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Summit: A Step Toward Cybersecurity

The President’s National Strategy to Secure Cyberspace was released in September 2002 to some grumbling that its reliance on guidelines, rather than government mandates, rendered it toothless. To help encourage the private sector to voluntarily achieve the goals set out in the strategy, the Department of Homeland Security (DHS) held a National Cyber Security Summit in December.

The goals of the summit were to gain industry engagement and to forge “a partnership in identifying common objectives and common solutions” to pressing problems such as information sharing between public and private sectors, according to Robert Liscouski, assistant director for infrastructure protection at DHS.

At the summit, five task forces comprising industry and government representatives were formed, covering cybersecurity awareness, early warning, corporate governance, technical standards, and secure software development and maintenance.

To go from strategy to implementation, stockholders have to look at the hurdles and tactical problems that might arise, says Parveen Jain, president of McAfee Network Protection Solutions, who attended the summit. By bringing the experts from industry and government together, summit sponsors hoped that these potential pitfalls could be identified and that ways to remediate them could be found.

A key factor in the success of any cybersecurity program proposed by DHS would be for industry to feel ownership in the solution, which was another aim of the summit, says Liscouski. Summit participants concurred that this approach could work. “What’s different here is that we’ve pulled together a lot of key players in the public and private sectors, agreed on some common principles of the framework, and now we’re putting together a plan to get to the next stage,” explains Shannon Kellogg, director of government affairs for RSA Security. Kellogg says he is confident that progress toward cybersecurity is being made, and he points to the hands-on participation at the summit by Liscouski and Amit Yoran, head of the DHS National Cyber Security Division.

The task-force members have been meeting since the December summit and by March are expected to complete their first reports to the industry associations (such as the Information Technology Association of America) that sponsored them. Another summit will be held at some point, in addition to follow-on collaborative events. The task-force members are expected to take the initiative in ensuring that recommendations are put into effect within their own organizations.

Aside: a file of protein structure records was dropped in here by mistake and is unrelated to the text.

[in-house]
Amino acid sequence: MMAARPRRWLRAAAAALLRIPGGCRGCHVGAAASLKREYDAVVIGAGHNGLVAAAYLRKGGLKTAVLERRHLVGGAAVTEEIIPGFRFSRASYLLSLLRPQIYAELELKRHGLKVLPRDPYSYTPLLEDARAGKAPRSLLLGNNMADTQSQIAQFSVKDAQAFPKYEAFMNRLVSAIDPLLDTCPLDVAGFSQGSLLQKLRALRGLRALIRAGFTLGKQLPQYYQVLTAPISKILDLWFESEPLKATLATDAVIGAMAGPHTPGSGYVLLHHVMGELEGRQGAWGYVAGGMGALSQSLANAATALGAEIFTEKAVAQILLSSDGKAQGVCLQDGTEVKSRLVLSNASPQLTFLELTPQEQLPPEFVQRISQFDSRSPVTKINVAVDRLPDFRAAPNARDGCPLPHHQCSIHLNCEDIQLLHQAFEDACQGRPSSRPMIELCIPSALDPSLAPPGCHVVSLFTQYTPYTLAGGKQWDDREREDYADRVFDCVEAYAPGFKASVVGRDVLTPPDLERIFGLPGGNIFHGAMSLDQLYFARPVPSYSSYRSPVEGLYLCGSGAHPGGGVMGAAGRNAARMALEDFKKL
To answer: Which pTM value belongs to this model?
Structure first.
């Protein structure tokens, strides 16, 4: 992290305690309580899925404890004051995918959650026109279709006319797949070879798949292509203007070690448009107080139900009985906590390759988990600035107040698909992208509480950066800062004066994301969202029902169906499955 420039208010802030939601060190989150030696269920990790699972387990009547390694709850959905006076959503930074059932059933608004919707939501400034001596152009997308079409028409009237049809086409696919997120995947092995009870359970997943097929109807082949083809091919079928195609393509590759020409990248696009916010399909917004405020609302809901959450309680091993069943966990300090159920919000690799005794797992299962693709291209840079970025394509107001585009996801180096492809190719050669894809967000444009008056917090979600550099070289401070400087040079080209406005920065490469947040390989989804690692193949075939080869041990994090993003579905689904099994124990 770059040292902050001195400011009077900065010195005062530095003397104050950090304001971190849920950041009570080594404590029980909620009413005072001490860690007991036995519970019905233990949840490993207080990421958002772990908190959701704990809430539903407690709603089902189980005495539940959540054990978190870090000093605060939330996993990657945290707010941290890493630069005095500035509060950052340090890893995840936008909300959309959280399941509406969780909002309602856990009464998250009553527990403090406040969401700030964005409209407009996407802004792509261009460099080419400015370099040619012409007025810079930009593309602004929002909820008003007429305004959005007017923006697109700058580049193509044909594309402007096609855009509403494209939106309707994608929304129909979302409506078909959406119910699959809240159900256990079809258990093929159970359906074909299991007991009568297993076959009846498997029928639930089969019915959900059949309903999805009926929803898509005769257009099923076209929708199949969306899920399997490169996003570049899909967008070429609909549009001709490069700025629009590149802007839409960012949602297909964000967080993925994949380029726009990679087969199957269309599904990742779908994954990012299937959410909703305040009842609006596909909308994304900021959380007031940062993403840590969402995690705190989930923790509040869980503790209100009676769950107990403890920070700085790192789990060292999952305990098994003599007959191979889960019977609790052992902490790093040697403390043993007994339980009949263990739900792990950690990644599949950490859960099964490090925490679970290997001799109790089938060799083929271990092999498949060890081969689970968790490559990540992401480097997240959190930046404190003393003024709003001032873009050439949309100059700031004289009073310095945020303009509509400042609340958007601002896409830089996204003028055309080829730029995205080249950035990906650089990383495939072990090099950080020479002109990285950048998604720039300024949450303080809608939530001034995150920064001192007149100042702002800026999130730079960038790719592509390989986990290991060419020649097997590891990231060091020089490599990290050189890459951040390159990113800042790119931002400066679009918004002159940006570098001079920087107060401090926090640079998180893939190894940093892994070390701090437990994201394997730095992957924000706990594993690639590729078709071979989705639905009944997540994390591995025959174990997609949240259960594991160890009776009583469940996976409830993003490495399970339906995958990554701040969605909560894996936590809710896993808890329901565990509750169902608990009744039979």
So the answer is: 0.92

Kellogg served on the summit’s corporate governance task force. This group discussed the existing IT security governance landscape; for example, some elements of accountability are laid out in the Federal Information Security Management Act (FISMA) standards. The group looked at ways to create incentives that would encourage voluntary industry participation.

Kellogg says that the Y2K model—where companies needed to report their Y2K readiness in quarterly filings with the Securities and Exchange Commission—was one approach considered. Part of what made that model work was the creation by Congress of a safe harbor, which offered companies some relief from Y2K-related litigation. “It’s not an exact model for talking about security,” Kellogg says, but it’s a starting point for discussions.

Another model discussed was the Baldrige total quality concept that swept American industry from the 1980s. “There was a fair amount of apprehension at first on behalf of private industry that the whole concept of quality would cost more and so on, but again and again the Secretary of Commerce hammered home how important this was and businesses stepped up to the plate, and it became very much a part of increasing productivity,” Kellogg states.

Kellogg says that the DHS has made it clear that if an industry-owned solution cannot be agreed on and implemented, the government is perfectly willing to push for the legislation.